A new travel technology company called HotelsByDay wants to offer a new option for those looking for a place to work or unwind during their trips, when they don’t need to book a full overnight stay at a hotel. As you may have guessed by the name, the company is attempting to break open a new category in lodging: hotel rooms you can book by the day, for roughly 40 percent less than the nightly rate.
The service is available now on mobile, with apps for iOS and Android, allowing travelers to access rooms in around 40 hotels, mainly in New York and Chicago to start. However, there are 60 other hotels that are already committed to bring their properties on board in the near future. The service is also adding other cities, too, including Philadelphia this week, and in March, Miami, L.A., Boston and Atlanta.
Says co-founder and CEO Yannis Moati, the goal is to offer around 120 hotels via the app over the course of the next three months.
Moati, a former tour operator, came up with the idea for HotelsByDay, after coming across a similar, but low-tech model being used in parts of Europe to sell unused inventory. He co-founded the company in June of last year along with entrepreneur Nathan Stevenson, and booking-engine expert Brian Dass, who earlier founded online hospitality marketing firms Timeless Hospitality (acquired by TravelClick) and Open Hospitality (acquired by Pegasus Solutions).
The HotelsByDay mobile apps themselves are designed to be simple to use – and something travelers can access spur-of-the moment, too. Upon first launch, you simply pick a date (today, tomorrow or you can select your own), then see available rooms and pricing. If you find one you like, you can then book the room right in the app.
“If you’re in the city and you have time to kill or your schedule has changed, and you don’t want to work at Starbucks for three or four hours – what would you rather do than book a hotel?,” says Moati. “We want the experience for the consumer to be very quick…like same-day booking.”
On the hotels’ side, a management portal allows them to offer up select inventory and set pricing. HotelsByDay is also soon connecting with a channel manager that has access to over 400 national hotels to help it increase its inventory, the founder notes.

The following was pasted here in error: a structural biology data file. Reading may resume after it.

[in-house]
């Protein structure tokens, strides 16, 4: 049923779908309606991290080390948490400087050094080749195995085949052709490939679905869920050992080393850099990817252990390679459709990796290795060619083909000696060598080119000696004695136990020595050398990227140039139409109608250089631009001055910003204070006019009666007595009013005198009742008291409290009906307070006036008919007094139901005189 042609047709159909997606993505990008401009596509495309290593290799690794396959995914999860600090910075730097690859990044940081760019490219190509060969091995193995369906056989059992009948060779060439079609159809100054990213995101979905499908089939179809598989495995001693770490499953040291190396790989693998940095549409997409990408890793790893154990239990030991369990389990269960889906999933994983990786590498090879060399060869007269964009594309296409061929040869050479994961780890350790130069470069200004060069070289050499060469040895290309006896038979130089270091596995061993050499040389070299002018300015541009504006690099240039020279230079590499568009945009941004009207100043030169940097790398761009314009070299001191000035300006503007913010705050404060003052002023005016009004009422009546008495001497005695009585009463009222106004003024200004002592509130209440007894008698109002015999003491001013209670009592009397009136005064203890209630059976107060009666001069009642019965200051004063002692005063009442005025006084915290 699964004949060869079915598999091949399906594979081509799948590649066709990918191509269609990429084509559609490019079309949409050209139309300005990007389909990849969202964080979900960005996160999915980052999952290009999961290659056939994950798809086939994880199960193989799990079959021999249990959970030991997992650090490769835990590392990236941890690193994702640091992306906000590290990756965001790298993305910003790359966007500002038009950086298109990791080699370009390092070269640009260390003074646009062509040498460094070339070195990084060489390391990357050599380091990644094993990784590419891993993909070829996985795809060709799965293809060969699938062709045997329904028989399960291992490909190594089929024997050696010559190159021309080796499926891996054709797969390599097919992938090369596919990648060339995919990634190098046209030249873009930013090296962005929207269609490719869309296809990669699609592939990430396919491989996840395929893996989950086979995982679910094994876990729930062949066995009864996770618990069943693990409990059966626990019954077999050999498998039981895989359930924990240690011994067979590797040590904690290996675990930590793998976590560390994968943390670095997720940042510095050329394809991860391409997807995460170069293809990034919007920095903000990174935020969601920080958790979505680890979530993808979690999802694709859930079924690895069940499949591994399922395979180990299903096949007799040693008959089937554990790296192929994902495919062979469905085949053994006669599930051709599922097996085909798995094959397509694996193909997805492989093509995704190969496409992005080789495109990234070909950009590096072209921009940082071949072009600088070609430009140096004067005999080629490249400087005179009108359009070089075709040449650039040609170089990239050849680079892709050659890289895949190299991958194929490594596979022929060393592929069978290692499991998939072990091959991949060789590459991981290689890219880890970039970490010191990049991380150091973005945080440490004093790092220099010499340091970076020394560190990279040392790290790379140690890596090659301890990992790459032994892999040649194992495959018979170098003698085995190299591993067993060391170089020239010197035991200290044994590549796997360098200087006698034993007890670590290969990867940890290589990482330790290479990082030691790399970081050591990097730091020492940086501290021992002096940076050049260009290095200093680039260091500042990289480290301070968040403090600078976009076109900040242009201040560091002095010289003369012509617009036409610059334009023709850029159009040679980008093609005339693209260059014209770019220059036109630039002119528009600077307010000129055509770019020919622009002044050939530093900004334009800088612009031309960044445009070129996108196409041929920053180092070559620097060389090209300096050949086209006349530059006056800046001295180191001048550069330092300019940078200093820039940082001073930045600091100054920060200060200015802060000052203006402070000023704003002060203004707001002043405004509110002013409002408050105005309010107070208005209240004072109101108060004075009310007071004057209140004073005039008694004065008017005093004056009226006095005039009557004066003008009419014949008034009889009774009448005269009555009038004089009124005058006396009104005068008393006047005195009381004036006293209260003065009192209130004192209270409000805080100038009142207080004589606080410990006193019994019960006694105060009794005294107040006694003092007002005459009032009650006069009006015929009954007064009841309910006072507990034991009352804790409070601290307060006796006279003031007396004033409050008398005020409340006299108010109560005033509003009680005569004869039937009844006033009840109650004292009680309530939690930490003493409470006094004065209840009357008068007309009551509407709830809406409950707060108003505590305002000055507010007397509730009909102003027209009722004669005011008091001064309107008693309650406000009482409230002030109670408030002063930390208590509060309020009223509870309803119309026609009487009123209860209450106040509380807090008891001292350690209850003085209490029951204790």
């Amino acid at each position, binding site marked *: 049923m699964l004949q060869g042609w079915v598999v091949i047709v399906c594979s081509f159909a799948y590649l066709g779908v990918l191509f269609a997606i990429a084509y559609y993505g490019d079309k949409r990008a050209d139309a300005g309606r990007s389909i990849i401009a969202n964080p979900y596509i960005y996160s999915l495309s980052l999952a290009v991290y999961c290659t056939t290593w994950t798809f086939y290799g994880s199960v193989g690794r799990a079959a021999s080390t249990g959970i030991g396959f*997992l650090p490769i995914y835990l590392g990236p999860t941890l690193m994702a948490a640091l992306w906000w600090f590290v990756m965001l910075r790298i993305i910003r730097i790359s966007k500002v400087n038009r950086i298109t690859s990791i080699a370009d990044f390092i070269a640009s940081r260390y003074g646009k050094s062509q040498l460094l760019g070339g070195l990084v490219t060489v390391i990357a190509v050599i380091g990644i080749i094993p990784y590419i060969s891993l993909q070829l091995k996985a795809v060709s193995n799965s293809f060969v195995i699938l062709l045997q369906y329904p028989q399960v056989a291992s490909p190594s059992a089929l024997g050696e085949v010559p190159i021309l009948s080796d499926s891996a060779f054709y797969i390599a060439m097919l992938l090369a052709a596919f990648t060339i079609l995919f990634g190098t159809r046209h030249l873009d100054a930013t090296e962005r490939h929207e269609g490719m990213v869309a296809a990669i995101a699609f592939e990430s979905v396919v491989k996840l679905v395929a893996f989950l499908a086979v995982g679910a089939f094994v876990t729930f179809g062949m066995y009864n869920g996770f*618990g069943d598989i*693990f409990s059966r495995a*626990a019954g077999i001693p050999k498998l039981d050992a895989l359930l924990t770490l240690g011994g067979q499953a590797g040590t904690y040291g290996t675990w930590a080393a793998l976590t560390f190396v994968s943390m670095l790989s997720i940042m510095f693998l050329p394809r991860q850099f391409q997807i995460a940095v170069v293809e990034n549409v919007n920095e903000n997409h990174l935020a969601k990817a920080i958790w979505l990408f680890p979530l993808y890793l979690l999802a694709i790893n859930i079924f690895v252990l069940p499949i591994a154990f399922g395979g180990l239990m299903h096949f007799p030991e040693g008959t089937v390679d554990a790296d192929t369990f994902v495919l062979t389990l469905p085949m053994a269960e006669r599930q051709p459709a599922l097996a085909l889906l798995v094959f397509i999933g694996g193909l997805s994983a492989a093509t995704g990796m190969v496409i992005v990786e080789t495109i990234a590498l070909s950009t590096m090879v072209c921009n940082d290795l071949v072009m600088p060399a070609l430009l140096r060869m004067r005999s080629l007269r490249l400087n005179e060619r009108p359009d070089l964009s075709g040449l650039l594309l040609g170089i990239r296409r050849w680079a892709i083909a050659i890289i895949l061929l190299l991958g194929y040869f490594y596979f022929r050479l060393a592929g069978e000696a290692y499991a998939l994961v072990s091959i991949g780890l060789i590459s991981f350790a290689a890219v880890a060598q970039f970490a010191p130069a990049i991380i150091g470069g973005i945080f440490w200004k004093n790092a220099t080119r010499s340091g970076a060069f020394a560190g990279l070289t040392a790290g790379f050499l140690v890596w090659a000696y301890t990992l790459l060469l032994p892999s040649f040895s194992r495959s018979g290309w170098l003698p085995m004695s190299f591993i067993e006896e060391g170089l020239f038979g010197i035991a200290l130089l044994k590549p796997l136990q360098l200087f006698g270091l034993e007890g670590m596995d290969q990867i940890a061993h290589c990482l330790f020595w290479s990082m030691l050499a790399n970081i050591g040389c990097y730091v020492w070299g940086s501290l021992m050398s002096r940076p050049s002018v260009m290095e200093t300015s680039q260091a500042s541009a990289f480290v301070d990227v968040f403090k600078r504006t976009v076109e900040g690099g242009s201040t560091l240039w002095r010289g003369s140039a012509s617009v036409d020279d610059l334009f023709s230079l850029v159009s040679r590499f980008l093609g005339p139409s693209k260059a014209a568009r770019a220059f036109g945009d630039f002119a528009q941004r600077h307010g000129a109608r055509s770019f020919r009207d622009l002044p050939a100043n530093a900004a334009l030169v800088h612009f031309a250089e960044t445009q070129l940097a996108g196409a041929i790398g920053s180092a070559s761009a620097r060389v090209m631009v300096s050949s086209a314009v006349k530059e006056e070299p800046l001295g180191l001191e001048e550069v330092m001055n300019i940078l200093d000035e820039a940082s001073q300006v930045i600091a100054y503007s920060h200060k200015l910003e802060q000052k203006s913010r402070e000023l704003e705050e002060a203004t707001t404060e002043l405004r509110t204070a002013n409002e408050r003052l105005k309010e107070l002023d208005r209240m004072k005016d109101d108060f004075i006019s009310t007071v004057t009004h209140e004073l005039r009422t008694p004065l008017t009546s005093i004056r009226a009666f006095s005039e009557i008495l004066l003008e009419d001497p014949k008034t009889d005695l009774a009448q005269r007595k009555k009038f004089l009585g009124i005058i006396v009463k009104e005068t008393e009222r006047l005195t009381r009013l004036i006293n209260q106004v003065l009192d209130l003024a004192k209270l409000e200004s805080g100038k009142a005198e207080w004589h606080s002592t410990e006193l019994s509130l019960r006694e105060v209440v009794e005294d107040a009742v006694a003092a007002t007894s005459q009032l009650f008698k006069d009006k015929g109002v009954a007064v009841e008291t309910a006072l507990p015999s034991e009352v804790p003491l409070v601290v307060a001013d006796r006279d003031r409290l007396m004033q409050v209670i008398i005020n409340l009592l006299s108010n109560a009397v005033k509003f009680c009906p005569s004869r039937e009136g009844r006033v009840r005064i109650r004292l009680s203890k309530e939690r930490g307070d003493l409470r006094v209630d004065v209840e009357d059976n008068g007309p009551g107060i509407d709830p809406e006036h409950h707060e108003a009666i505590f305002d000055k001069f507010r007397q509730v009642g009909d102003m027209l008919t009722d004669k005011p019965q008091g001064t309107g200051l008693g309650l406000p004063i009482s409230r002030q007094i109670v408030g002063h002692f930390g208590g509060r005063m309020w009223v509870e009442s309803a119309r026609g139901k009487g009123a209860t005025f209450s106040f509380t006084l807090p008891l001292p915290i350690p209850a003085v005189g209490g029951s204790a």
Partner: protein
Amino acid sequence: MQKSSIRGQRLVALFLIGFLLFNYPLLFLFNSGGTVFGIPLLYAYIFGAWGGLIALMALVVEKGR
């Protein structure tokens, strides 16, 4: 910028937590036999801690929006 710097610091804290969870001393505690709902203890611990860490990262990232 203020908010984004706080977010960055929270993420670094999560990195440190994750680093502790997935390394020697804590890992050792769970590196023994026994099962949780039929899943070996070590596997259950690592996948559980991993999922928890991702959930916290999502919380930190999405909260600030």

Prices for rooms booked by day are not as dynamic as overnight stays, and during some early testing over the past couple of weeks, the company found that travelers were booking stays that averaged five hours and cost around $110 plus tax in New York and Chicago. HotelsByDay works on a performance-based commission model, taking around a 15 percent cut of rooms sold to start.
Moati believes the service will appeal in particular to younger users, and especially millennial travelers, who are looking for convenience and don’t always need a 24-hour stay every time they’re in the city.
“Their schedule doesn’t necessarily fit that…but they would like to book something that fits their time – something that fits in between meetings, to refresh before a meeting, or to get ready for a flight that leaves later in the day,” he says.
The biggest challenge for HotelsByDay, beyond educating the market that something like this even exists, is getting hotels to add their inventory. There’s a bit of labor involved in that today, which is why the company is starting by asking them to simply commit the lowest number of rooms possible per day – two or three, for example – in order to try out the system.